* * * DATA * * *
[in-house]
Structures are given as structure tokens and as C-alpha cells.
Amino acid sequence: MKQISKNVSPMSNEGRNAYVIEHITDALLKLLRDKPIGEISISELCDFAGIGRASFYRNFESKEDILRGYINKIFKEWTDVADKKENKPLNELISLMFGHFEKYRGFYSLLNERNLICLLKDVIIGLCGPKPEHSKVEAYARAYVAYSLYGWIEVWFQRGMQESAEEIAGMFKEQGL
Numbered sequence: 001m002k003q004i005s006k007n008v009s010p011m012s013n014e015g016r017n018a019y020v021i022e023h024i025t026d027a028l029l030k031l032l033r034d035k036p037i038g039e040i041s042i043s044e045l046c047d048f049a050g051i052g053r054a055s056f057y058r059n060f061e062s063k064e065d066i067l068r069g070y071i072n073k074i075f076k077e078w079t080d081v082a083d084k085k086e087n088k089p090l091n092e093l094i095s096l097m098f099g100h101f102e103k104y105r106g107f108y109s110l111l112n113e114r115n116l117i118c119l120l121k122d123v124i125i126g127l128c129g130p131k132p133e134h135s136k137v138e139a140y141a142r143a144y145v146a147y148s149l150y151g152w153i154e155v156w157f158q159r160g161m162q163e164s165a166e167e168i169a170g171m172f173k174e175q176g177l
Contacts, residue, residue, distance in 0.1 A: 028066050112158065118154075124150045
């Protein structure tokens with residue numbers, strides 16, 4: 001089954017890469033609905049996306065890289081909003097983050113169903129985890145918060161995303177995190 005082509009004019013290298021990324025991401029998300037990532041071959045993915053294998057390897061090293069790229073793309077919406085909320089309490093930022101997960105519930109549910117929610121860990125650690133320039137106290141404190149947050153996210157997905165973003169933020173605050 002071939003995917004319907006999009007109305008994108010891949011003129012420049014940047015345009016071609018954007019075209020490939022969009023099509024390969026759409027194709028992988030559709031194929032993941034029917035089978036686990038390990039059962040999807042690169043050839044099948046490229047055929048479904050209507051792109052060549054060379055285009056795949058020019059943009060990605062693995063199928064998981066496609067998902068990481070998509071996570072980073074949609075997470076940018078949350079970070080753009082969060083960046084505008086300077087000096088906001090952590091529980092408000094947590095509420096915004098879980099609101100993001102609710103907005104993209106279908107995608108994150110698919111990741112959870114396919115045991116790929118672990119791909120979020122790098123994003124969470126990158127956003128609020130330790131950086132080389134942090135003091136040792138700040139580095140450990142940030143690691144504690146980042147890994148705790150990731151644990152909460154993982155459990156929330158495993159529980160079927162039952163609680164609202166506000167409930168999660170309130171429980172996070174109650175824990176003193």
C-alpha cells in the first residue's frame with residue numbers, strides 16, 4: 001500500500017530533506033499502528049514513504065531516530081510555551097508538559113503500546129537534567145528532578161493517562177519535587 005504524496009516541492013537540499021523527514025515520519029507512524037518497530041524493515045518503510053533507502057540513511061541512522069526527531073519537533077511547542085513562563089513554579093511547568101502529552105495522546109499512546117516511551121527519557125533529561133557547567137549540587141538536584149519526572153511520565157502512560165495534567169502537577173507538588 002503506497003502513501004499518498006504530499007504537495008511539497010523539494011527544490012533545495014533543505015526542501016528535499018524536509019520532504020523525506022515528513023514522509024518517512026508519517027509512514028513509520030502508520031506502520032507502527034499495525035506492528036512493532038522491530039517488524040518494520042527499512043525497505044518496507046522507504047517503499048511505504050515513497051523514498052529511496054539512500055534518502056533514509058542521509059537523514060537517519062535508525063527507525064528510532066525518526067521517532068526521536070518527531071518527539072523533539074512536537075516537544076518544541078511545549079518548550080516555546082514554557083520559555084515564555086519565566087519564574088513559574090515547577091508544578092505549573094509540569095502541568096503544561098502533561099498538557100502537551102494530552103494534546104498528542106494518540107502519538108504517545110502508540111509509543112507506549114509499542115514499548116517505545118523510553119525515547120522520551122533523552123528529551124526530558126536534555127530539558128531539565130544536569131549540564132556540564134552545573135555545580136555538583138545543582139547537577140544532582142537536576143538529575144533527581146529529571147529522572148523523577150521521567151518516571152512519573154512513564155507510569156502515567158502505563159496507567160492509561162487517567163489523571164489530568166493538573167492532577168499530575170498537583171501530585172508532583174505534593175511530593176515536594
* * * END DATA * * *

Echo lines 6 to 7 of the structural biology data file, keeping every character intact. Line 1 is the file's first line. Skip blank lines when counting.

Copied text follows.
């Protein structure tokens with residue numbers, strides 16, 4: 001089954017890469033609905049996306065890289081909003097983050113169903129985890145918060161995303177995190 005082509009004019013290298021990324025991401029998300037990532041071959045993915053294998057390897061090293069790229073793309077919406085909320089309490093930022101997960105519930109549910117929610121860990125650690133320039137106290141404190149947050153996210157997905165973003169933020173605050 002071939003995917004319907006999009007109305008994108010891949011003129012420049014940047015345009016071609018954007019075209020490939022969009023099509024390969026759409027194709028992988030559709031194929032993941034029917035089978036686990038390990039059962040999807042690169043050839044099948046490229047055929048479904050209507051792109052060549054060379055285009056795949058020019059943009060990605062693995063199928064998981066496609067998902068990481070998509071996570072980073074949609075997470076940018078949350079970070080753009082969060083960046084505008086300077087000096088906001090952590091529980092408000094947590095509420096915004098879980099609101100993001102609710103907005104993209106279908107995608108994150110698919111990741112959870114396919115045991116790929118672990119791909120979020122790098123994003124969470126990158127956003128609020130330790131950086132080389134942090135003091136040792138700040139580095140450990142940030143690691144504690146980042147890994148705790150990731151644990152909460154993982155459990156929330158495993159529980160079927162039952163609680164609202166506000167409930168999660170309130171429980172996070174109650175824990176003193």
C-alpha cells in the first residue's frame with residue numbers, strides 16, 4: 001500500500017530533506033499502528049514513504065531516530081510555551097508538559113503500546129537534567145528532578161493517562177519535587 005504524496009516541492013537540499021523527514025515520519029507512524037518497530041524493515045518503510053533507502057540513511061541512522069526527531073519537533077511547542085513562563089513554579093511547568101502529552105495522546109499512546117516511551121527519557125533529561133557547567137549540587141538536584149519526572153511520565157502512560165495534567169502537577173507538588 002503506497003502513501004499518498006504530499007504537495008511539497010523539494011527544490012533545495014533543505015526542501016528535499018524536509019520532504020523525506022515528513023514522509024518517512026508519517027509512514028513509520030502508520031506502520032507502527034499495525035506492528036512493532038522491530039517488524040518494520042527499512043525497505044518496507046522507504047517503499048511505504050515513497051523514498052529511496054539512500055534518502056533514509058542521509059537523514060537517519062535508525063527507525064528510532066525518526067521517532068526521536070518527531071518527539072523533539074512536537075516537544076518544541078511545549079518548550080516555546082514554557083520559555084515564555086519565566087519564574088513559574090515547577091508544578092505549573094509540569095502541568096503544561098502533561099498538557100502537551102494530552103494534546104498528542106494518540107502519538108504517545110502508540111509509543112507506549114509499542115514499548116517505545118523510553119525515547120522520551122533523552123528529551124526530558126536534555127530539558128531539565130544536569131549540564132556540564134552545573135555545580136555538583138545543582139547537577140544532582142537536576143538529575144533527581146529529571147529522572148523523577150521521567151518516571152512519573154512513564155507510569156502515567158502505563159496507567160492509561162487517567163489523571164489530568166493538573167492532577168499530575170498537583171501530585172508532583174505534593175511530593176515536594